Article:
Debating about the “Educated Elite” – Part 1/2

29 May

An “old” friend, a libertarian, evangelical conservative that may agree with what  the Sovereign Citizen movement preaches ( Sixty Minutes on May 15, 2011 ), sent me two links disparaging college education failing to educate good citizens.

I did not agree with the evidence he submitted.

The video link he sent was of college students claiming to support freedom of speech but wanting to ban conservative talk-show hosts Rush Limbaugh and Glenn Beck from both radio & TV (the video was filmed at CSU Fresno).

How do we define the term “educated elite”?

Is being a student at a college or university enough to be considered among the “educated elite”?

I don’t think so, since many students that start college don’t finish.

Only a “fool” would call a college student that may fail all or most of his or her classes then drops out of college a member of the “educated elite”.  Attending college doesn’t automatically make someone a member of the “educated elite”.  You have to graduate first and get a job that pays well, which I will talk about in more detail in Part 2.

How many students graduate from college and have a chance to join the “educated elite”.  Remember, graduating isn’t enough to achieve the status of “educated elite”.

“At public colleges and universities only 29.0% of students graduate in the traditional four-year time frame.

“Of course, the timeframe most used to discuss graduation rates is the six-year window. This timeframe appears to be used because here graduation rates pick up substantially. At public schools the percentage of students that graduate within six years nearly doubles to 54.7%.

“One might think those more expensive private, non-profit schools would have significantly better numbers. They do in fact have better numbers but given their overall selectivity the rates continue to be extremely disappointing.

“Over the four-year timeframe, we see that private schools graduate 50.4% of their students, a number that nearly mirrors the six-years of public institutions.” Source: Open

Continued on May 30, 2011 in Debating about the “Educated Elite” – Part 2


Lloyd Lofthouse is a former U.S. Marine and Vietnam Veteran,
who taught in the public schools for thirty years (1975 – 2005).

His third book is Crazy is Normal, a classroom exposé, a memoir. “Lofthouse presents us with grungy classrooms, kids who don’t want to be in school, and the consequences of growing up in a hardscrabble world. While some parents support his efforts, many sabotage them—and isolated administrators make the work of Lofthouse and his peers even more difficult.” – Bruce Reeves

Lofthouse’s first novel was the award winning historical fiction My Splendid Concubine [3rd edition]. His second novel was the award winning thriller Running with the Enemy. His short story A Night at the “Well of Purity” was named a finalist of the 2007 Chicago Literary Awards. His wife is Anchee Min, the international, best-selling, award winning author of Red Azalea, a New York Times Notable Book of the Year (1992).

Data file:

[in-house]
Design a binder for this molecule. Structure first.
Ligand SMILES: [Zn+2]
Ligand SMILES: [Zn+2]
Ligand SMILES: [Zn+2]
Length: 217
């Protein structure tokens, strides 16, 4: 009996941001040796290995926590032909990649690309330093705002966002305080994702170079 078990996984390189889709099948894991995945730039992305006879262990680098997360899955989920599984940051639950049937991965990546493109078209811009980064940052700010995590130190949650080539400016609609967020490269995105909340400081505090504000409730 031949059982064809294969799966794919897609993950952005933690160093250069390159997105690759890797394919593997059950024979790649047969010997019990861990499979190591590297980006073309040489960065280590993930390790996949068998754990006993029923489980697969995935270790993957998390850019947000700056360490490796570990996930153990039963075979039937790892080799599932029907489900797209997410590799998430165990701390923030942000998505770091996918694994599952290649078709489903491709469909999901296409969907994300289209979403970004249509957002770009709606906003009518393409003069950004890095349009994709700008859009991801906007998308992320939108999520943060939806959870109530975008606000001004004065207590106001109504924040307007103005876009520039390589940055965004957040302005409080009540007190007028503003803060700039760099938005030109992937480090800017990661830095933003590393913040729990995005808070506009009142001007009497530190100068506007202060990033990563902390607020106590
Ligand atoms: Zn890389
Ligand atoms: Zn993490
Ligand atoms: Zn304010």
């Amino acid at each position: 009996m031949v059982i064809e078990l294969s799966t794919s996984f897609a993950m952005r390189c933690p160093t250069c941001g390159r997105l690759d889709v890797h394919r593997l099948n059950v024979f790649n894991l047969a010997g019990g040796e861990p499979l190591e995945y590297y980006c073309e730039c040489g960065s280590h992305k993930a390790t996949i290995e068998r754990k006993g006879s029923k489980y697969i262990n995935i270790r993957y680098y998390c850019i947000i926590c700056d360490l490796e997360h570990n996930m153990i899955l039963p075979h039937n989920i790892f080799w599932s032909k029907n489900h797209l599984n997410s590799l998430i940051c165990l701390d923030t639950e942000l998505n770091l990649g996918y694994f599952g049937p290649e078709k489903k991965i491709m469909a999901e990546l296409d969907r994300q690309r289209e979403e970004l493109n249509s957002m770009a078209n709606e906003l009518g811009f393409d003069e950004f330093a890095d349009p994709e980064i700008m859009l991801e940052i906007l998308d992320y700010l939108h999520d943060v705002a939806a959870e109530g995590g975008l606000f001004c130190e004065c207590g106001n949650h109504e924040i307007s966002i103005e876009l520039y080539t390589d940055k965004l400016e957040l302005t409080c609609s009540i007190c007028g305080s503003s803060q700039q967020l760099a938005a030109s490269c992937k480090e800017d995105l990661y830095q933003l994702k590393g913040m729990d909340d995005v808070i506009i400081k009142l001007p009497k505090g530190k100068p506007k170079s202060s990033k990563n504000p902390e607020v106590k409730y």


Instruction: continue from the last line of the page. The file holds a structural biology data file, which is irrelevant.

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Posted by on May 29, 2011 in Education, literacy, media, politics


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5 responses to “Debating about the “Educated Elite” – Part 1/2

  1. jason

    August 28, 2011 at 12:16

    I dont think this was fair. I do support free speech, but what about limitations for those that abuse it? Is it good for the American society to let people spread messages of hate and discrimination (KKK for example)? its a complicated issue.

    a good parallel can be drawn to the right to bear arms. I own several firearms and will defend my right to do so. however, i do not support the private ownership of nuclear weapons (an extreme but clear cut example).

    a right without limits is just as dangerous as not having the right int he first place. The issues are not dichotomies, there is a middle ground. However, i do admit that the middle ground is probably very difficult to form a coherent policy around.

    • Lloyd Lofthouse

      August 28, 2011 at 17:21

      I am not sure who you are, Jason, or what you feel is not fair.

      Most in the United States do not know that the American Bill of Rights protects free speech in regards to an individual’s public opinion of the government of the United States but those same rights do not extend to the work place or the schools.

      This means if an individual, a newspaper or TV station or Blog criticizes any element or individual in the government, he or she may be protected from persecution by the government—that is if they do not violate something labeled a top secret or slander someone with lies.

      In the work place, an employee may be fired if he exercises his or her freedom of speech if what he or she says goes against the policy of that company. Usually, the individual expressing himself will be warned not to do it again. The second time, he may not be so lucky to get another warning. I’ve known individuals fired for saying things they shouldn’t while on the job.